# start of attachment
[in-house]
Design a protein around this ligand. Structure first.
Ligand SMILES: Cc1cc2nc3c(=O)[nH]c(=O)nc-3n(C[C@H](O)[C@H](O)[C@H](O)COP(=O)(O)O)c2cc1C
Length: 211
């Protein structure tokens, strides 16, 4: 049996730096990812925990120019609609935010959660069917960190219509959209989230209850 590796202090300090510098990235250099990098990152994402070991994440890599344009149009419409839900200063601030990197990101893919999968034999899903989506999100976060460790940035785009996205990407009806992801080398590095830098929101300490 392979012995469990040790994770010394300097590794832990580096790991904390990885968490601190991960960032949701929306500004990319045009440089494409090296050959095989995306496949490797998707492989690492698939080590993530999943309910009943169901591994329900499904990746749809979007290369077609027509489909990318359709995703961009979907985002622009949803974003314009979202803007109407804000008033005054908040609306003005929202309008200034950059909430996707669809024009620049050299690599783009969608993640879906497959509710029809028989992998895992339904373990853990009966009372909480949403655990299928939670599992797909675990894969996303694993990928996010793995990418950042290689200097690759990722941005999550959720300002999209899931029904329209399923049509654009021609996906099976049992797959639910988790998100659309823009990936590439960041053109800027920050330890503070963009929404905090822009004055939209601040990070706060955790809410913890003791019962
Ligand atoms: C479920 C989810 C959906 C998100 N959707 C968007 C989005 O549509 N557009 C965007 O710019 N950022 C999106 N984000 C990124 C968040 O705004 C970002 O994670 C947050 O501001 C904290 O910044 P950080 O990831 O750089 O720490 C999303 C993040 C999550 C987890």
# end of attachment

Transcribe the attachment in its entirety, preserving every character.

[in-house]
Design a protein around this ligand. Structure first.
Ligand SMILES: Cc1cc2nc3c(=O)[nH]c(=O)nc-3n(C[C@H](O)[C@H](O)[C@H](O)COP(=O)(O)O)c2cc1C
Length: 211
């Protein structure tokens, strides 16, 4: 049996730096990812925990120019609609935010959660069917960190219509959209989230209850 590796202090300090510098990235250099990098990152994402070991994440890599344009149009419409839900200063601030990197990101893919999968034999899903989506999100976060460790940035785009996205990407009806992801080398590095830098929101300490 392979012995469990040790994770010394300097590794832990580096790991904390990885968490601190991960960032949701929306500004990319045009440089494409090296050959095989995306496949490797998707492989690492698939080590993530999943309910009943169901591994329900499904990746749809979007290369077609027509489909990318359709995703961009979907985002622009949803974003314009979202803007109407804000008033005054908040609306003005929202309008200034950059909430996707669809024009620049050299690599783009969608993640879906497959509710029809028989992998895992339904373990853990009966009372909480949403655990299928939670599992797909675990894969996303694993990928996010793995990418950042290689200097690759990722941005999550959720300002999209899931029904329209399923049509654009021609996906099976049992797959639910988790998100659309823009990936590439960041053109800027920050330890503070963009929404905090822009004055939209601040990070706060955790809410913890003791019962
Ligand atoms: C479920 C989810 C959906 C998100 N959707 C968007 C989005 O549509 N557009 C965007 O710019 N950022 C999106 N984000 C990124 C968040 O705004 C970002 O994670 C947050 O501001 C904290 O910044 P950080 O990831 O750089 O720490 C999303 C993040 C999550 C987890």